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4 Ways To Avoid Being Broke

4 Ways To Avoid Being Broke

In today’s world, we are now running faster than ever to be able to make more every hour. We compete with the people next to us and people on the opposite end of the continent to make our mark and to make our living.

However, as the number of millionaires increases, the number of people reaching bankruptcy and being broke is ultimately increasing too. News of the once rich and famous going broke often pops up in the Financial Report.

How can you avoid the mistakes of the once rich who’ve gone broke? Here are some common-sense tips to help you avoid being broke.

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    1. Don’t purchase what you can’t afford just to impress.

    These days, we are all looking to impress. Looking less is unacceptable in certain parts of the world. While some believe beauty is found within, others believe that beauty is in the Prada you wear and the sports car you drive. So, to impress those who really don’t matter, we spend our paychecks in a department store.

    Take this lesson from history: one should never spend beyond their means. If you can’t afford it, then find alternatives according to your means. This is a survival mechanism which allows you to save and prevents you from going into debt. Getting away from your need to impress is a great way to avoid excessive spending.

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      2. Freeze your credit cards in your freezer.

      The trend these days, instead of carrying cash, is carrying different cards from different banks with different interests in your purse or wallet. You swipe at every single purchase with your mind on your purchase and ignore the bills you’ve been racking up. According to research, one of the biggest reasons for an individual to be broke is overspending on multiple credit cards.

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      Running away and changing your identity is one option, while another is to declare bankruptcy. To avoid either of these, try going old school and carrying cash instead. This limits what you can spend in the moment. If the temptation of using your credit cards is too great, try freezing them in ice in your freezer. This adds another obstacle between you and your next charge.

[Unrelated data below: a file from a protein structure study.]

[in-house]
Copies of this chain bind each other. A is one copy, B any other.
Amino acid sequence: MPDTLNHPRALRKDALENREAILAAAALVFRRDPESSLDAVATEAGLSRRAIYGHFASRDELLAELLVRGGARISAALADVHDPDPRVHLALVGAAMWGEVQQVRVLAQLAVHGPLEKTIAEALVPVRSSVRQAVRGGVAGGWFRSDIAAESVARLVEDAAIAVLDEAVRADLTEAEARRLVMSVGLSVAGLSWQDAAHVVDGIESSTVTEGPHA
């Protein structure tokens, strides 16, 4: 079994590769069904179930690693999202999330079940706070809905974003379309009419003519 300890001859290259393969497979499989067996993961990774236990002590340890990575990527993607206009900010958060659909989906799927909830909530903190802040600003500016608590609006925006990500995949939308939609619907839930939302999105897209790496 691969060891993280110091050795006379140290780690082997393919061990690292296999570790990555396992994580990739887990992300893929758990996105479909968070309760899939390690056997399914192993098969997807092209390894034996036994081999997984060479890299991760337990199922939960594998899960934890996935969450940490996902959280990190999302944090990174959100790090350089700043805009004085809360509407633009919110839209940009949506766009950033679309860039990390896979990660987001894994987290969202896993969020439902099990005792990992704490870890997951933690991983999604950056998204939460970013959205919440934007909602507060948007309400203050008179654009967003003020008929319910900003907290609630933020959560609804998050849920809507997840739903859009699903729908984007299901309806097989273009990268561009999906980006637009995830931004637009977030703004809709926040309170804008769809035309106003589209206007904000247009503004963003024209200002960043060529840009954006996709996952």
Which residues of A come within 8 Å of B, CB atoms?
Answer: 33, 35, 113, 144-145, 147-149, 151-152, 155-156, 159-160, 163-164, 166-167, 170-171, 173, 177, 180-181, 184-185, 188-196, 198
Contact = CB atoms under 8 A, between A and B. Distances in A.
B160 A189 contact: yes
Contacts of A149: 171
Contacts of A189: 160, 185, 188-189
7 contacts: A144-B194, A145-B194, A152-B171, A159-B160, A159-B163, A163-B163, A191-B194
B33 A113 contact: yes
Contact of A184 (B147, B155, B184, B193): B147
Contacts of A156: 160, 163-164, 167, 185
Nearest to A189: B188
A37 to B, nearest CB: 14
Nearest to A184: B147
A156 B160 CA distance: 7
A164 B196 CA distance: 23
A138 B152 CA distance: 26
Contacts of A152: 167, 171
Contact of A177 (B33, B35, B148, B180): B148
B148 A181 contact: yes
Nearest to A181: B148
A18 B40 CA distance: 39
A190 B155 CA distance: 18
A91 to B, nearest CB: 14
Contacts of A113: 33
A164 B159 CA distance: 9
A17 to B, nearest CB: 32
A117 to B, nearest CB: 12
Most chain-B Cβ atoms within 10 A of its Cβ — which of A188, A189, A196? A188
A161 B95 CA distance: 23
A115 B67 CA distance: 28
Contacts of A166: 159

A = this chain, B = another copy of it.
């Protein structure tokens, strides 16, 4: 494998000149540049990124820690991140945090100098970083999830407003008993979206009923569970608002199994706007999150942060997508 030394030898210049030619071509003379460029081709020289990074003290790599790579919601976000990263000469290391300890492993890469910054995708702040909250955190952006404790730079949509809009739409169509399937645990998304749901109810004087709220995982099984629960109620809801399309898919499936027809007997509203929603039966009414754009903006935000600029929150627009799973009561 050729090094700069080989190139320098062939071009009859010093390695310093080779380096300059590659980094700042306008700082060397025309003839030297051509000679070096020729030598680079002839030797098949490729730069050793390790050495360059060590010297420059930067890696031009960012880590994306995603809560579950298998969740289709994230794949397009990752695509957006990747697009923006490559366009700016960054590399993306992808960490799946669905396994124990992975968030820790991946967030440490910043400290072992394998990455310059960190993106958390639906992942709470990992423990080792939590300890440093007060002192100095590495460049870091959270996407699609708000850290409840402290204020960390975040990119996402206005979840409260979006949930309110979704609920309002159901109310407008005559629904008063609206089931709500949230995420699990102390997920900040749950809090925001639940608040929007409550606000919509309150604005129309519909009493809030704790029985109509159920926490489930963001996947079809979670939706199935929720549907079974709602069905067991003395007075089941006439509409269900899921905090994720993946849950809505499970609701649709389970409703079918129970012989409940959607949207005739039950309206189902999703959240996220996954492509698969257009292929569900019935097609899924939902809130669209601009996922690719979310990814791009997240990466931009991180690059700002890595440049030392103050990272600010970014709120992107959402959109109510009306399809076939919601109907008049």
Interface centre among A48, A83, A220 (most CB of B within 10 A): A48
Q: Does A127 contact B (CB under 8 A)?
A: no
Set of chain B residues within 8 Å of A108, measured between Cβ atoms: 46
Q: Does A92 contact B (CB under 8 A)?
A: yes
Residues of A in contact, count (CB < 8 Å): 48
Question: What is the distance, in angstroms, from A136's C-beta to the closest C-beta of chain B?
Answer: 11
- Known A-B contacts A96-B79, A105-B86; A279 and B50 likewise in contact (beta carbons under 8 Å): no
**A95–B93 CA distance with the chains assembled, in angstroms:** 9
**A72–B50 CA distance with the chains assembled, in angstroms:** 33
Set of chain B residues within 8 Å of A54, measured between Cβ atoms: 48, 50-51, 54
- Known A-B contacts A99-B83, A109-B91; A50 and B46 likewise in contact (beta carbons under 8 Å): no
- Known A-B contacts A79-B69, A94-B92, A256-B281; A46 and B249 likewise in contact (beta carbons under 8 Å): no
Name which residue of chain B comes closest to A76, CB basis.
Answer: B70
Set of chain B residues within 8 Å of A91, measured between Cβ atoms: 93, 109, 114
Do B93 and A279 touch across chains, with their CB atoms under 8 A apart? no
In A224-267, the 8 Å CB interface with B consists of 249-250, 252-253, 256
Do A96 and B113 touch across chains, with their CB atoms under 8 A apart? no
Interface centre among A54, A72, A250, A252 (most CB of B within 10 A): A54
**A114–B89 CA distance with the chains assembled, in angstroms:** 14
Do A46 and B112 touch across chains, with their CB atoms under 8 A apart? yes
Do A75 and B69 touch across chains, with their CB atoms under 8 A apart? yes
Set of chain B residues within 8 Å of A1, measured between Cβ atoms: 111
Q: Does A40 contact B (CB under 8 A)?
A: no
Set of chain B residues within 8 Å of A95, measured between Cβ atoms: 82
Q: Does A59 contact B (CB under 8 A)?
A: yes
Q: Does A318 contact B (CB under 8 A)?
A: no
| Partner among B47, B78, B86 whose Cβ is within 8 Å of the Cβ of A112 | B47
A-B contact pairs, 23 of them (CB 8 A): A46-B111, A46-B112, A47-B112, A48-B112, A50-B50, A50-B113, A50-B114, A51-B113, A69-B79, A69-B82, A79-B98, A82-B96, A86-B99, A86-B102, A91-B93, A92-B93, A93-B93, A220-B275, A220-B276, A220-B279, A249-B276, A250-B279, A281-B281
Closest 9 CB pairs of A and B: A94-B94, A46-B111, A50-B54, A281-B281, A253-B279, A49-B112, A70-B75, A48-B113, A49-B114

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        3. Invest smartly, not impulsively.

        Investing is a great way to make money and protect your assets. However, we aren’t all experts in investing. We may be great moneymakers, but the talent of wise investing doesn’t come to us all. Investing emotionally is the same as gambling — we gamble impulsively, hence we lose big or win big.

        As a precaution, always have an advisor who is trustworthy and an expert on investing either in real estate or stock markets. However, research on your part is also important. It will give you the confidence and knowledge you need to make smart investments. After some time, you will be used to investing and your experience will be your greatest advisor.

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        Concept of investment with eggs in the same basket.

          4. Focus on diversifying your assets.

          In the dating world, we are often told to focus on differences rather than similarities. Why? Because it gives us the confidence to secure our emotional selves. Why not act the same way with your assets?

          In the 2000s, the “Get Rich Quick” scheme was on the rise. Many went broke when they invested all their assets in one scheme. History teaches us to never leave all our eggs in one basket. This is an important lesson when it comes to investing.

          Investigate how you can expand your assets and diversify your investments in different markets and different sectors. Read books to help you understand how you can best go about diversifying your assets.

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          Thinking about finances is always uncomfortable and spending is always tempting. However, in today’s world, your assets and your bank balance will give you a sense of security, while extravagant spending may leave you at the bottom of the barrel.

          Featured photo credit: VIKTOR HANACEK via picjumbo.com

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          Last Updated on March 4, 2019

          How to Use Credit Cards While Staying Out of Debt

          How to Use Credit Cards While Staying Out of Debt